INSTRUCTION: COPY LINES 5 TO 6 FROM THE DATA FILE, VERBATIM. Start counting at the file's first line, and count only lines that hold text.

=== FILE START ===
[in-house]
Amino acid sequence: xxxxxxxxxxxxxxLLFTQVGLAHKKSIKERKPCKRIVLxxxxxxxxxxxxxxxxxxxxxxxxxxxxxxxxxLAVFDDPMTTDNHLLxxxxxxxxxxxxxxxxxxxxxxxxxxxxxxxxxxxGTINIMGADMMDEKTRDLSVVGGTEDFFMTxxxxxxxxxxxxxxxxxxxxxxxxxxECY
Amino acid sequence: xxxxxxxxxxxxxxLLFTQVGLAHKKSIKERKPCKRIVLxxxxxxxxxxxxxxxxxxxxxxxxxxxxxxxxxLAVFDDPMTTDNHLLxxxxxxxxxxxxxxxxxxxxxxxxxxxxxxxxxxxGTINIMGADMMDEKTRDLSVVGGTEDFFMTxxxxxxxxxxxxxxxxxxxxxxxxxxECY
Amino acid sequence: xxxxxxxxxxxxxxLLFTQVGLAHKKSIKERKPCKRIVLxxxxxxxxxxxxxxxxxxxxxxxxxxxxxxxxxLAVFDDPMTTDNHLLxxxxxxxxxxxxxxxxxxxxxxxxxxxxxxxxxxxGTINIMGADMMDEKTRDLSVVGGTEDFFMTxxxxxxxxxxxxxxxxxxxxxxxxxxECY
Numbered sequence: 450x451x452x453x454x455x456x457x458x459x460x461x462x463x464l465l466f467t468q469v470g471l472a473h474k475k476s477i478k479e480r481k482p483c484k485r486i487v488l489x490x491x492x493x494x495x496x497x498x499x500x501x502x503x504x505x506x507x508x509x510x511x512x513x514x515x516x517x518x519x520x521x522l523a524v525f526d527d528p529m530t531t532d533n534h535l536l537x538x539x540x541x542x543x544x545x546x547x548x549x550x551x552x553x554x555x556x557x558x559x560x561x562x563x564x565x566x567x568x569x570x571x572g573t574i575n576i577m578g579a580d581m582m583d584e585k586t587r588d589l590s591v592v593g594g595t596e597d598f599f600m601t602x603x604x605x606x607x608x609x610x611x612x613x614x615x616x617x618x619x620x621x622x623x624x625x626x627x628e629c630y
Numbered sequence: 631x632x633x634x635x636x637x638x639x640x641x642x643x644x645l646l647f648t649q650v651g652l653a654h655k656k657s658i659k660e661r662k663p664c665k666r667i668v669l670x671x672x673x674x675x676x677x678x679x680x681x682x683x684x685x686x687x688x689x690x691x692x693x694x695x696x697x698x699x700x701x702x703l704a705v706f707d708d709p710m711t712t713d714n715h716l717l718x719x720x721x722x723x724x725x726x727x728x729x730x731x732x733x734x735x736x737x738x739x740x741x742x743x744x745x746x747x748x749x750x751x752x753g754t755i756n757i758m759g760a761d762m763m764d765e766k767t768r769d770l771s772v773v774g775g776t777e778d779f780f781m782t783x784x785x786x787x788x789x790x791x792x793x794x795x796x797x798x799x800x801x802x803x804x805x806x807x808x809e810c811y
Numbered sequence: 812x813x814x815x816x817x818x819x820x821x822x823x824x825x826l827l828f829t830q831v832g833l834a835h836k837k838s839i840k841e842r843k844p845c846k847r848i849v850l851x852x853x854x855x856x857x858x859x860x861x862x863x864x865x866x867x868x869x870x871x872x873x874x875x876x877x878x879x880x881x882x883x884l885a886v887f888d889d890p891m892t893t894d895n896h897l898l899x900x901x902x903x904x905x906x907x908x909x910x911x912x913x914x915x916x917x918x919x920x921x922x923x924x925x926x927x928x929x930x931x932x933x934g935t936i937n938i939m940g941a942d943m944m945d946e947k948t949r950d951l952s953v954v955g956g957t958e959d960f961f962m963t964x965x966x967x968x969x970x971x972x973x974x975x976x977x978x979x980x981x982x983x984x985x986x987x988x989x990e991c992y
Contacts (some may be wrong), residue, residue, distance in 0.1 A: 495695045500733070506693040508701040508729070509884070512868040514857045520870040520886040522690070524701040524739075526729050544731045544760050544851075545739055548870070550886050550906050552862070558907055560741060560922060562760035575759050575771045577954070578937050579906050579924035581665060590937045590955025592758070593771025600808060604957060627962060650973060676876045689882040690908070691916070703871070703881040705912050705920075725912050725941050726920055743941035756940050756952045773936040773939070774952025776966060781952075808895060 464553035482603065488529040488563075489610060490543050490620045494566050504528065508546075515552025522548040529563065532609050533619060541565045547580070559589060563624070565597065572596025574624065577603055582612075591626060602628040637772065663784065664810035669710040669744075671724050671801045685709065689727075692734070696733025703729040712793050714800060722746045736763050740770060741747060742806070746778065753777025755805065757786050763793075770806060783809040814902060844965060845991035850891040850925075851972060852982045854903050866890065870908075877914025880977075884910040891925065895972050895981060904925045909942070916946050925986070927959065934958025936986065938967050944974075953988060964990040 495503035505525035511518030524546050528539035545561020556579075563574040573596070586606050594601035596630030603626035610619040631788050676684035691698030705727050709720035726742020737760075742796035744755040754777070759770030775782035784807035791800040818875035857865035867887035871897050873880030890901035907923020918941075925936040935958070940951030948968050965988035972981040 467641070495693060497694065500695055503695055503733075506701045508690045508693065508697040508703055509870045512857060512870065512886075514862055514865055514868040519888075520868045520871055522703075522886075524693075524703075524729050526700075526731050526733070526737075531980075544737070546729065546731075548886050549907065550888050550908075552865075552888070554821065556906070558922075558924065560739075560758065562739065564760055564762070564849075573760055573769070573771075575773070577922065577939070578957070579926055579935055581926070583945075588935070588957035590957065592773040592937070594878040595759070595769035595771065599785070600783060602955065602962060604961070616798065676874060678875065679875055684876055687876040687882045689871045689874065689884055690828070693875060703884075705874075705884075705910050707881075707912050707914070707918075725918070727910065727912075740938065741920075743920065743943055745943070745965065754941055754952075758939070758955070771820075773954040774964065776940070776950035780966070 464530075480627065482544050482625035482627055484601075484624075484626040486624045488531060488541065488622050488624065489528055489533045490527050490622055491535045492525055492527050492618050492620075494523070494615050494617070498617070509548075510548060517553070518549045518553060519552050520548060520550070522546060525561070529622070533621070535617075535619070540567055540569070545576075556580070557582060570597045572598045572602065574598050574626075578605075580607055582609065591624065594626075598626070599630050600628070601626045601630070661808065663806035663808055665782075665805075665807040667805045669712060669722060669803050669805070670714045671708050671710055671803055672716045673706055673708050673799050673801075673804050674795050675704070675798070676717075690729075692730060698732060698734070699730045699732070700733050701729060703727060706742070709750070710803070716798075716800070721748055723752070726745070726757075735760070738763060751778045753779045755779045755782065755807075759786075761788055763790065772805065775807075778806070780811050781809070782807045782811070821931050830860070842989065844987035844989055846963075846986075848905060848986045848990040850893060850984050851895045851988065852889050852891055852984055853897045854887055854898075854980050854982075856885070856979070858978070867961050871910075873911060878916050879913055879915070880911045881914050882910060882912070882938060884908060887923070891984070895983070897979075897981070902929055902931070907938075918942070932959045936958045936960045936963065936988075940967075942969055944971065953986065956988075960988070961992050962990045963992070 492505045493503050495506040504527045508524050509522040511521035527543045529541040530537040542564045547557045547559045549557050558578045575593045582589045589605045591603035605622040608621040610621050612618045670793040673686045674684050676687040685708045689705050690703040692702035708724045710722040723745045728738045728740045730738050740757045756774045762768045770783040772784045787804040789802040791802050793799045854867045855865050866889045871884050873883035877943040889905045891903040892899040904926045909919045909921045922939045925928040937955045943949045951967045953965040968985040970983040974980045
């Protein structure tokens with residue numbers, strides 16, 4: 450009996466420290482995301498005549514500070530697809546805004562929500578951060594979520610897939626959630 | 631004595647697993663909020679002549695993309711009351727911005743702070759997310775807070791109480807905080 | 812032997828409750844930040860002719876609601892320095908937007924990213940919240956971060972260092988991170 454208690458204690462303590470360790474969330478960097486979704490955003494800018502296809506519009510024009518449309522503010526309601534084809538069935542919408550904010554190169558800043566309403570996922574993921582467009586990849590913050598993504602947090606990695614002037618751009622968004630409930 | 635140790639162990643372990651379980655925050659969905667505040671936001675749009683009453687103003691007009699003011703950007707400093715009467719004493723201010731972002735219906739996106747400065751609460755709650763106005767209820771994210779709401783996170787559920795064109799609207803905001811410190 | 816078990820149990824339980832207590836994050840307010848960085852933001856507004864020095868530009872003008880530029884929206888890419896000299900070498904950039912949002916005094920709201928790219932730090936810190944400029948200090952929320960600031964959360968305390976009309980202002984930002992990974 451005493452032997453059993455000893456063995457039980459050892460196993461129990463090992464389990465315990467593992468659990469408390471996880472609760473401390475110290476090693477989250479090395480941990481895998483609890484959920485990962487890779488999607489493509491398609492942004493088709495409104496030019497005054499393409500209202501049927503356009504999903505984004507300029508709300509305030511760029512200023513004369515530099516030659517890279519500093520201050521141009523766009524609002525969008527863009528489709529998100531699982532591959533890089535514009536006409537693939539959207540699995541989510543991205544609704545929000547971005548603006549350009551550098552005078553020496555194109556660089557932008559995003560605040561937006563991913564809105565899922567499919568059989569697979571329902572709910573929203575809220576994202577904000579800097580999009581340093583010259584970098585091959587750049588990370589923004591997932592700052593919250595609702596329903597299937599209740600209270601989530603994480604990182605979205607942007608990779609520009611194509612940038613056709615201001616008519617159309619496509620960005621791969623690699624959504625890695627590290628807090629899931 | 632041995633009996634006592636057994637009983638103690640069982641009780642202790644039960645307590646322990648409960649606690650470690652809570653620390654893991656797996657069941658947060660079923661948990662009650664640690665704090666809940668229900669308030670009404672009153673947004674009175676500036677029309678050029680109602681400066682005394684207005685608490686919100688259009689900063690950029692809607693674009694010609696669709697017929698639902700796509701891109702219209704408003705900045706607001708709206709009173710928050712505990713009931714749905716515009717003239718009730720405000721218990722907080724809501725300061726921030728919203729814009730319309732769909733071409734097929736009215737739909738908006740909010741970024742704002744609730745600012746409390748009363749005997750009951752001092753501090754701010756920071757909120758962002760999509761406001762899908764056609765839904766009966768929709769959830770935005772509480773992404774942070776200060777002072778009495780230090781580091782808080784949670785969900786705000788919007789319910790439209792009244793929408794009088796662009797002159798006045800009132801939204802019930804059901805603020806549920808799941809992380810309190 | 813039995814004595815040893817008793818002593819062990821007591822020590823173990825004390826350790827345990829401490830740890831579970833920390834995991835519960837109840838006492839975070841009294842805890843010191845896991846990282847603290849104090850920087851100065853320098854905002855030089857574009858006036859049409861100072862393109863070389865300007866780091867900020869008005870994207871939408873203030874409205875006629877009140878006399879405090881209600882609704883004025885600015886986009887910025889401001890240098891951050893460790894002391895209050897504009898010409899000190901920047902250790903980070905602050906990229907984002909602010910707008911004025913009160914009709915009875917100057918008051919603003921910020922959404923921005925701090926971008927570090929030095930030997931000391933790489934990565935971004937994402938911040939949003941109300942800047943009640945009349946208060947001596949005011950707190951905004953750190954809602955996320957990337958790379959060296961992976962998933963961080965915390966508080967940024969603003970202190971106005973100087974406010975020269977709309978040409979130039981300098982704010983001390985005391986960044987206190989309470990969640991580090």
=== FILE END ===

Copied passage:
Numbered sequence: 450x451x452x453x454x455x456x457x458x459x460x461x462x463x464l465l466f467t468q469v470g471l472a473h474k475k476s477i478k479e480r481k482p483c484k485r486i487v488l489x490x491x492x493x494x495x496x497x498x499x500x501x502x503x504x505x506x507x508x509x510x511x512x513x514x515x516x517x518x519x520x521x522l523a524v525f526d527d528p529m530t531t532d533n534h535l536l537x538x539x540x541x542x543x544x545x546x547x548x549x550x551x552x553x554x555x556x557x558x559x560x561x562x563x564x565x566x567x568x569x570x571x572g573t574i575n576i577m578g579a580d581m582m583d584e585k586t587r588d589l590s591v592v593g594g595t596e597d598f599f600m601t602x603x604x605x606x607x608x609x610x611x612x613x614x615x616x617x618x619x620x621x622x623x624x625x626x627x628e629c630y
Numbered sequence: 631x632x633x634x635x636x637x638x639x640x641x642x643x644x645l646l647f648t649q650v651g652l653a654h655k656k657s658i659k660e661r662k663p664c665k666r667i668v669l670x671x672x673x674x675x676x677x678x679x680x681x682x683x684x685x686x687x688x689x690x691x692x693x694x695x696x697x698x699x700x701x702x703l704a705v706f707d708d709p710m711t712t713d714n715h716l717l718x719x720x721x722x723x724x725x726x727x728x729x730x731x732x733x734x735x736x737x738x739x740x741x742x743x744x745x746x747x748x749x750x751x752x753g754t755i756n757i758m759g760a761d762m763m764d765e766k767t768r769d770l771s772v773v774g775g776t777e778d779f780f781m782t783x784x785x786x787x788x789x790x791x792x793x794x795x796x797x798x799x800x801x802x803x804x805x806x807x808x809e810c811y